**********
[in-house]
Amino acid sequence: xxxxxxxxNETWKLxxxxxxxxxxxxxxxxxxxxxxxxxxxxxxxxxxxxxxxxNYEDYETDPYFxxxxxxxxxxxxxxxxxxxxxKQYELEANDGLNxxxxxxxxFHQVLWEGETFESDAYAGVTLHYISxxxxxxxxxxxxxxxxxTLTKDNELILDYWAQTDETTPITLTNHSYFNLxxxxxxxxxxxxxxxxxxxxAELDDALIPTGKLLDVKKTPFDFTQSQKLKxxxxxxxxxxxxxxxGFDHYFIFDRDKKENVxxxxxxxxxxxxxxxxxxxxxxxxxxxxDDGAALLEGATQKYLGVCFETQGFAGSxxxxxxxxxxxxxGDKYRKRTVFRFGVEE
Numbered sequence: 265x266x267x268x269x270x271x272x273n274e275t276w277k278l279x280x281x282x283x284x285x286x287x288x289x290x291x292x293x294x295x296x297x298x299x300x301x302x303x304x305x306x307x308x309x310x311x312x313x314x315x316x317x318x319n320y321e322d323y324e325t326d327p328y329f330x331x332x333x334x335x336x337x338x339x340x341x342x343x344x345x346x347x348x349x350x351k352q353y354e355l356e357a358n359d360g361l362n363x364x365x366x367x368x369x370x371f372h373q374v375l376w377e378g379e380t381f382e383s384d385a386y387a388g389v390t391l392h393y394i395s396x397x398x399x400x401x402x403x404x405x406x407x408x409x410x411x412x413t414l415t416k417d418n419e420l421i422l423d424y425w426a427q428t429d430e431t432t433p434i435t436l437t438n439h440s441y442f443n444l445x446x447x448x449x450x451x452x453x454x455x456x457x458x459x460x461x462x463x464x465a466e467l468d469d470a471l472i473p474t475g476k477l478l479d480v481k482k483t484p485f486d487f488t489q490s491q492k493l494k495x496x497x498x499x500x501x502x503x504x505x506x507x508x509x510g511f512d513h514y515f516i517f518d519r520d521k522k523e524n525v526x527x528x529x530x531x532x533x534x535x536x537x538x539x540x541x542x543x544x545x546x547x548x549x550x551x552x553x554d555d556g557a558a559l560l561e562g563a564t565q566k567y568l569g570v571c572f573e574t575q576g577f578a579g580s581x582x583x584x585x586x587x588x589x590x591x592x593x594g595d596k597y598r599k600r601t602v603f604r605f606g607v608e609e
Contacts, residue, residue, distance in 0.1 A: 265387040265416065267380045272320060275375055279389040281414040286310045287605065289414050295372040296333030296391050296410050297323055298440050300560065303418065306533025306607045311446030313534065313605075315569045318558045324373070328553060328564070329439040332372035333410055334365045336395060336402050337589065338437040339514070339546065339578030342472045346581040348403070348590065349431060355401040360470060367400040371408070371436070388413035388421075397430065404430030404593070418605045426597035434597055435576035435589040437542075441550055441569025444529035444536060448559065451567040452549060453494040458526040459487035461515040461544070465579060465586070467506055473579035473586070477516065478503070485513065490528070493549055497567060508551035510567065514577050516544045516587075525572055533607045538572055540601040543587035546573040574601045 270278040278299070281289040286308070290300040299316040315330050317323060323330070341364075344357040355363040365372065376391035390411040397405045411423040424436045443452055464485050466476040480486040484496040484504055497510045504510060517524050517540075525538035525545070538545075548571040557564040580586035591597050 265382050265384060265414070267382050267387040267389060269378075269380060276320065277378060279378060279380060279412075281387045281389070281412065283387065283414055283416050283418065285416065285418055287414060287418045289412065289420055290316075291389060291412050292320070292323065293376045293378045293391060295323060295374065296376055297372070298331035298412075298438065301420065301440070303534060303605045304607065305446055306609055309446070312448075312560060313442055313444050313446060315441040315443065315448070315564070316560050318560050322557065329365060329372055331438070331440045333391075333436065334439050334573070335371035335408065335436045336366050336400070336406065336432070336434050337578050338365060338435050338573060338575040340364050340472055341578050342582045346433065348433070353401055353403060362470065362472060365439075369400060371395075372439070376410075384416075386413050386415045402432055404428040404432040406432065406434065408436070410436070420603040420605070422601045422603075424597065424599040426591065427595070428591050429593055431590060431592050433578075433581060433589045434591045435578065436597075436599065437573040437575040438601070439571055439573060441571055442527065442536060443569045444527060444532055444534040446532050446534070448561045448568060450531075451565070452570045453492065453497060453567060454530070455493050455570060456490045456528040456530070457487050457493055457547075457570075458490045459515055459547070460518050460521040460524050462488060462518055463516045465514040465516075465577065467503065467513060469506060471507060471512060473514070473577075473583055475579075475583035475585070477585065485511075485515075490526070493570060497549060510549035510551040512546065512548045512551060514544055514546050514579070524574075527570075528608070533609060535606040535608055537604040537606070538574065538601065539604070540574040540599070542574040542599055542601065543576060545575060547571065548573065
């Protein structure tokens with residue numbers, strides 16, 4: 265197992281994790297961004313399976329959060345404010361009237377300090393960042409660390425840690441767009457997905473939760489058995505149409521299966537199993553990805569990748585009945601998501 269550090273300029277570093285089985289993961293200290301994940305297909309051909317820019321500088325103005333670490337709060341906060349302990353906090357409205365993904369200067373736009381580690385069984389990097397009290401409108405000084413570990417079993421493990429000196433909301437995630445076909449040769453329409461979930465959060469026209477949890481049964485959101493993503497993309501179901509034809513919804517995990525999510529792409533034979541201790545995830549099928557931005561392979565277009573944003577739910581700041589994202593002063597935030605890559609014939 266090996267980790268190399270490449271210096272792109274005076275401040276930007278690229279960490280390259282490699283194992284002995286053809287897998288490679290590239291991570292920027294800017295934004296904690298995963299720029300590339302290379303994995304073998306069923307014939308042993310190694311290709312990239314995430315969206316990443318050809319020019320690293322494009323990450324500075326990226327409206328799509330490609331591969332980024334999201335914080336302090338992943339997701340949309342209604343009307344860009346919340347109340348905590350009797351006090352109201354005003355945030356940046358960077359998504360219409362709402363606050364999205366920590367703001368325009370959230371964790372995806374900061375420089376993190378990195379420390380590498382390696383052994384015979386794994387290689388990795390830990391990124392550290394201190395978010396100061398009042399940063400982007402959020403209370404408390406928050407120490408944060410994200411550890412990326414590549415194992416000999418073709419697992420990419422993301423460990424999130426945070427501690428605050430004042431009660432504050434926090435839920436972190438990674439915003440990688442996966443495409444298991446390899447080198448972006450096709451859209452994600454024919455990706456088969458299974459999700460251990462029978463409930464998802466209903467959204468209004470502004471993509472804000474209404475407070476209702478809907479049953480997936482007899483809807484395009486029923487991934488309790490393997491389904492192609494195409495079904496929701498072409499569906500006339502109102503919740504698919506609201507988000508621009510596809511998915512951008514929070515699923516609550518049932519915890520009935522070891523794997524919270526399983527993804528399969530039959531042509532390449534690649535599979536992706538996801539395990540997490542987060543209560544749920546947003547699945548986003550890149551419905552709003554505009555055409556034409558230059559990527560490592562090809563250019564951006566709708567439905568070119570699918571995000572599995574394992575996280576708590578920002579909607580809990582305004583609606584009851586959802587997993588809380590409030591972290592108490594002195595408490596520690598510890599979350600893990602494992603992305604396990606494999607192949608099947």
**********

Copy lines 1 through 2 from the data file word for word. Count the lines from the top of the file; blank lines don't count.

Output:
[in-house]
Amino acid sequence: xxxxxxxxNETWKLxxxxxxxxxxxxxxxxxxxxxxxxxxxxxxxxxxxxxxxxNYEDYETDPYFxxxxxxxxxxxxxxxxxxxxxKQYELEANDGLNxxxxxxxxFHQVLWEGETFESDAYAGVTLHYISxxxxxxxxxxxxxxxxxTLTKDNELILDYWAQTDETTPITLTNHSYFNLxxxxxxxxxxxxxxxxxxxxAELDDALIPTGKLLDVKKTPFDFTQSQKLKxxxxxxxxxxxxxxxGFDHYFIFDRDKKENVxxxxxxxxxxxxxxxxxxxxxxxxxxxxDDGAALLEGATQKYLGVCFETQGFAGSxxxxxxxxxxxxxGDKYRKRTVFRFGVEE